M*A*S*H actor David Ogden Stiers, who played Major Charles Winchester, dies at 75
David starred on the series from 1977 to 1983 and even made some regular appearances on North and South, Star Trek: The Next Generation, Matlock, Touched by an Angel, and Frasier, and others.
M*A*S*H actor David Ogden Stiers died of bladder cancer on Saturday (March 4). The actor was 75. News of Stiers's death was confirmed by his agent, Mitchell K. Stubbs. “I am very sad to report that David died this morning March 3, 2018, peacefully at his home in Newport, Oregon after a courageous battle with bladder cancer,” he tweeted.
“His talent was only surpassed by his heart,” Stubbs added. Over the years, Stiers starred in numerous TV shows and films, but one character in particular has stood out, his role on M*A*S*H as Major Charles Winchester III. Stiers was part of the iconic show from 1977 to 1983. He also received two Emmy nominations for the role.
Stiers made regular appearances on North and South, Star Trek: The Next Generation, Matlock, Touched by an Angel, and Frasier, and others. In 1984, Stiers received a third Emmy nomination for his role in NBC miniseries The First Olympics: Athens 1896.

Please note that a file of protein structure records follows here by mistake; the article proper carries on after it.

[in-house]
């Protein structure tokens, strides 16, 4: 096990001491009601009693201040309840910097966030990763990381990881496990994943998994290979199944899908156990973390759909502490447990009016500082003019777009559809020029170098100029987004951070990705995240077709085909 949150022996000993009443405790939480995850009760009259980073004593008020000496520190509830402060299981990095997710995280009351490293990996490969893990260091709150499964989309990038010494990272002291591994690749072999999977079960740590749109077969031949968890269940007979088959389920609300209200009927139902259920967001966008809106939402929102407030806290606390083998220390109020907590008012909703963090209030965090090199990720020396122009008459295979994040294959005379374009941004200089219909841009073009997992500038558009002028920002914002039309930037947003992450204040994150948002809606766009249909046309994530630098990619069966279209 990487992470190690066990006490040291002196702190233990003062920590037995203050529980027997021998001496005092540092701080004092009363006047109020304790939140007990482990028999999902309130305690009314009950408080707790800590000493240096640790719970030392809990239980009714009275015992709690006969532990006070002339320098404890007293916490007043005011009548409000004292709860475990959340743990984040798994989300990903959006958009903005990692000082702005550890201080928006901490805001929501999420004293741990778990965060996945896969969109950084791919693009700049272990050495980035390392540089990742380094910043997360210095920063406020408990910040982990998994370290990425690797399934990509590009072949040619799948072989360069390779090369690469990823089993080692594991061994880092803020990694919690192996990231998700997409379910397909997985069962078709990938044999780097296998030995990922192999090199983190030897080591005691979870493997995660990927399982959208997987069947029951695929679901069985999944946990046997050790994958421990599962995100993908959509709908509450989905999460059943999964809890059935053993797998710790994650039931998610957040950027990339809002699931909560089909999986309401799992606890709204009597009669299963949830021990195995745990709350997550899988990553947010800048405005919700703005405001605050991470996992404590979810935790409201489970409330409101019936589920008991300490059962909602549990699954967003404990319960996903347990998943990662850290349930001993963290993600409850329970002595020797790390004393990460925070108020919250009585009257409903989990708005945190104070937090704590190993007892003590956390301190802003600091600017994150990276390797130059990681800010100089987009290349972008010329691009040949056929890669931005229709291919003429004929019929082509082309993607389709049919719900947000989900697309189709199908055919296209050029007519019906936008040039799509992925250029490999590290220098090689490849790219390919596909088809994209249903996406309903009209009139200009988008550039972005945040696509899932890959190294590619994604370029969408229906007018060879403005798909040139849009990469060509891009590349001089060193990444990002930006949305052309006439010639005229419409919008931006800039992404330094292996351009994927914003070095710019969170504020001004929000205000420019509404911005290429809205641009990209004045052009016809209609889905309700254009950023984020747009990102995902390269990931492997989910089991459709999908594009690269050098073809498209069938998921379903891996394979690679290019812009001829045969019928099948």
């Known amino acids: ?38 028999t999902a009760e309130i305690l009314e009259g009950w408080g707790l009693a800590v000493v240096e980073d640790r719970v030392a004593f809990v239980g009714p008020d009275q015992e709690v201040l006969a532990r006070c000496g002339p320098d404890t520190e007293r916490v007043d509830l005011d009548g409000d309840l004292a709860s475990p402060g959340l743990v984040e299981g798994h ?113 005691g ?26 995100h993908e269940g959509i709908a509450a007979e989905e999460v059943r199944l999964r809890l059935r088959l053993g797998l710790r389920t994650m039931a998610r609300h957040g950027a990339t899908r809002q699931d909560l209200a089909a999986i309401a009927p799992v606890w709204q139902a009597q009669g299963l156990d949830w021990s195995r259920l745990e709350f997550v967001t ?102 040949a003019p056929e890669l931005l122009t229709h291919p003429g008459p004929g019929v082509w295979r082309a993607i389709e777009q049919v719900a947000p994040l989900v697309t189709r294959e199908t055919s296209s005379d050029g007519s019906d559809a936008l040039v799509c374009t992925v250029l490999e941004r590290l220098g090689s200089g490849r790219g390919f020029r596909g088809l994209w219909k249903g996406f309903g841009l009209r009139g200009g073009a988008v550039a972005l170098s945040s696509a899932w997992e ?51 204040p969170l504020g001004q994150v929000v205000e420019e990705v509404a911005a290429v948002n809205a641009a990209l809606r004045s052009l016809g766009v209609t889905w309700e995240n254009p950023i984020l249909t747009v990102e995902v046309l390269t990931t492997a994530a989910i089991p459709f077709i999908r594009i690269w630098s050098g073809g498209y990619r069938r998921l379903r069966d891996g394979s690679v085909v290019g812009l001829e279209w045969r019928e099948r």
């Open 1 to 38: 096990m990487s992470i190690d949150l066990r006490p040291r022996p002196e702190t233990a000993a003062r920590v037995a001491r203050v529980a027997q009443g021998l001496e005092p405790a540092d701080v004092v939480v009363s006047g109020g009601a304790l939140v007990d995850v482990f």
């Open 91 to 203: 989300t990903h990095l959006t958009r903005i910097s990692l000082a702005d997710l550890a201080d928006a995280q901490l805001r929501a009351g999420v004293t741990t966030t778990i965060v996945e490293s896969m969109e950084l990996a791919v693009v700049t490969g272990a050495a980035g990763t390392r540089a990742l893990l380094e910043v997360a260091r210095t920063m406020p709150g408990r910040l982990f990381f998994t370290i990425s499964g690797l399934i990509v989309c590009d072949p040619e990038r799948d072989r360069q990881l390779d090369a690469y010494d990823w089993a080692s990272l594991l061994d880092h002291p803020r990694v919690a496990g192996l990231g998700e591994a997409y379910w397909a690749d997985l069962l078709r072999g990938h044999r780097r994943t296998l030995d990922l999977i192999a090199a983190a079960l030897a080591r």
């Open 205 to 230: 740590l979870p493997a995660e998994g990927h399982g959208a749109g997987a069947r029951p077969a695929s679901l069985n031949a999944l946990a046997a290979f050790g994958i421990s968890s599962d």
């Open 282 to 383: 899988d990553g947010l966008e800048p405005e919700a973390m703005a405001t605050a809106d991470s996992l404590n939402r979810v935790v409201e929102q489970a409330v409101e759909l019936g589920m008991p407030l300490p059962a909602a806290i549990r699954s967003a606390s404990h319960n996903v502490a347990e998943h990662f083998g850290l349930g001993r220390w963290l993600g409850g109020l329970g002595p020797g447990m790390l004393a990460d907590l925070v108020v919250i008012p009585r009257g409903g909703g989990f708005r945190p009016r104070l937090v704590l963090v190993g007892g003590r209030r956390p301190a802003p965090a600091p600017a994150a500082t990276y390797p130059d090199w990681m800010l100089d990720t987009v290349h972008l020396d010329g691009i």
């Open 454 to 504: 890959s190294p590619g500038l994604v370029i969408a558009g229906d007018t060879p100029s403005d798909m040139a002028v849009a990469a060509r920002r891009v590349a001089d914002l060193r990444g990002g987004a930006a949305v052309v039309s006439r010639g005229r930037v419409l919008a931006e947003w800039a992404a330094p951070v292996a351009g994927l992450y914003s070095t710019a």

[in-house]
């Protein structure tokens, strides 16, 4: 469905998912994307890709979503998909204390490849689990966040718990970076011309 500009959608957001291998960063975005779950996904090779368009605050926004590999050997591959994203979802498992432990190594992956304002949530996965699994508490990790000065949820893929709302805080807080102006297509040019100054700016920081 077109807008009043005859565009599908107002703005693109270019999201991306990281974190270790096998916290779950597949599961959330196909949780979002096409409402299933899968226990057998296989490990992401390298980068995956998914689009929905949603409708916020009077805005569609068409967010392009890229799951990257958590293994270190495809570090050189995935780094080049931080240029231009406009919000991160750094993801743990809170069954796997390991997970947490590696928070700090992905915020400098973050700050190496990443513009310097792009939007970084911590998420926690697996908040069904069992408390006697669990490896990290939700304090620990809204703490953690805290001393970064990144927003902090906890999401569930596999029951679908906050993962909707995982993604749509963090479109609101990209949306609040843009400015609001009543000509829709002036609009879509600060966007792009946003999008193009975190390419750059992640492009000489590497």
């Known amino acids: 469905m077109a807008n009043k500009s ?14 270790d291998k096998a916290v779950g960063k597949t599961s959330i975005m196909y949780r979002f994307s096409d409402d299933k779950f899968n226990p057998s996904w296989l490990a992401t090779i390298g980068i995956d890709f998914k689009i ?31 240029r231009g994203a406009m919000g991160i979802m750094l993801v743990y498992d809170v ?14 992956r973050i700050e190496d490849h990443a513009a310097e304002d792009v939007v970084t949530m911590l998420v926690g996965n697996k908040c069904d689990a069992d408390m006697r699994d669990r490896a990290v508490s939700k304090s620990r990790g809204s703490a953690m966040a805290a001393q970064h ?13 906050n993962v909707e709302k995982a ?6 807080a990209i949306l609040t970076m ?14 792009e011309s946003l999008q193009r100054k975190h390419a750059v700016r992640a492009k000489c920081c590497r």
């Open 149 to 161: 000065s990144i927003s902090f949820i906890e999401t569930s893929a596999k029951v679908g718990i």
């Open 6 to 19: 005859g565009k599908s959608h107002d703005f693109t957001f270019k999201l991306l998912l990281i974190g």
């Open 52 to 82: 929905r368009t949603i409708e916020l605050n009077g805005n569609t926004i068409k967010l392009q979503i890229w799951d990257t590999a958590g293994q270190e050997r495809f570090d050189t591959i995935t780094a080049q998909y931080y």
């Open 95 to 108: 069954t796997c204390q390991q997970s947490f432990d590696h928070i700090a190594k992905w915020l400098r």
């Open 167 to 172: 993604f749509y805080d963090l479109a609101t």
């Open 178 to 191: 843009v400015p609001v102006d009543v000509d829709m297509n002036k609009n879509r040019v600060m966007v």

At the same time, David also had a prolific voiceover career which included a variety of roles such as Cogsworth in Beauty and the Beast, Governor Ratcliffe and Wiggins in Pocahontas, Jumba in Lilo & Stitch, as well as the narrator in M. Night Shyamalan’s The Lady in the Water.
He began his career in 1974 with a minor role in Broadway’s The Magic Show. This was followed by several small gigs in The Mary Tyler Moore Show, Charlie’s Angels, and Kojak. It was after this that Stiers earned himself a place on the hit television series, M*A*S*H.
During his career, Stiers also served as the associate conductor for the Newport Symphony Orchestra in Oregon and also guest-conducted dozens of orchestras around the world. In 2009, the actor publicly revealed that he was gay. At that time the actor had said that had decided to hide his sexuality for so long because a lot of his income had been derived from family-friendly programming.
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